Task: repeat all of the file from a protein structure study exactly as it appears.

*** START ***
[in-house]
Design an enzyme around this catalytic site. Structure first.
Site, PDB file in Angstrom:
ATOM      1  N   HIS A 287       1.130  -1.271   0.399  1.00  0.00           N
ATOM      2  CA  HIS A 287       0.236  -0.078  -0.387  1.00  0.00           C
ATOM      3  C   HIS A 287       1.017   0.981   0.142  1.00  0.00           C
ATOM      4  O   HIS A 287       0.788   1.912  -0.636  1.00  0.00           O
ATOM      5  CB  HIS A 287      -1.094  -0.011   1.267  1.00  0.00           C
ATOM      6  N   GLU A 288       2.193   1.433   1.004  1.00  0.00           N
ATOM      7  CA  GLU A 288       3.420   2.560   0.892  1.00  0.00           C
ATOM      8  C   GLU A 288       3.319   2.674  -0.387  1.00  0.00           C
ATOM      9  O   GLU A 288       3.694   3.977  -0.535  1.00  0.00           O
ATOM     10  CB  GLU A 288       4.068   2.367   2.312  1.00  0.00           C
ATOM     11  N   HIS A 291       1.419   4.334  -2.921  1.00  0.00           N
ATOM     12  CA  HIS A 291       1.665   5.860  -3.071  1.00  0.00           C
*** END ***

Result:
[in-house]
Design an enzyme around this catalytic site. Structure first.
Site, PDB file in Angstrom:
ATOM      1  N   HIS A 287       1.130  -1.271   0.399  1.00  0.00           N
ATOM      2  CA  HIS A 287       0.236  -0.078  -0.387  1.00  0.00           C
ATOM      3  C   HIS A 287       1.017   0.981   0.142  1.00  0.00           C
ATOM      4  O   HIS A 287       0.788   1.912  -0.636  1.00  0.00           O
ATOM      5  CB  HIS A 287      -1.094  -0.011   1.267  1.00  0.00           C
ATOM      6  N   GLU A 288       2.193   1.433   1.004  1.00  0.00           N
ATOM      7  CA  GLU A 288       3.420   2.560   0.892  1.00  0.00           C
ATOM      8  C   GLU A 288       3.319   2.674  -0.387  1.00  0.00           C
ATOM      9  O   GLU A 288       3.694   3.977  -0.535  1.00  0.00           O
ATOM     10  CB  GLU A 288       4.068   2.367   2.312  1.00  0.00           C
ATOM     11  N   HIS A 291       1.419   4.334  -2.921  1.00  0.00           N
ATOM     12  CA  HIS A 291       1.665   5.860  -3.071  1.00  0.00           C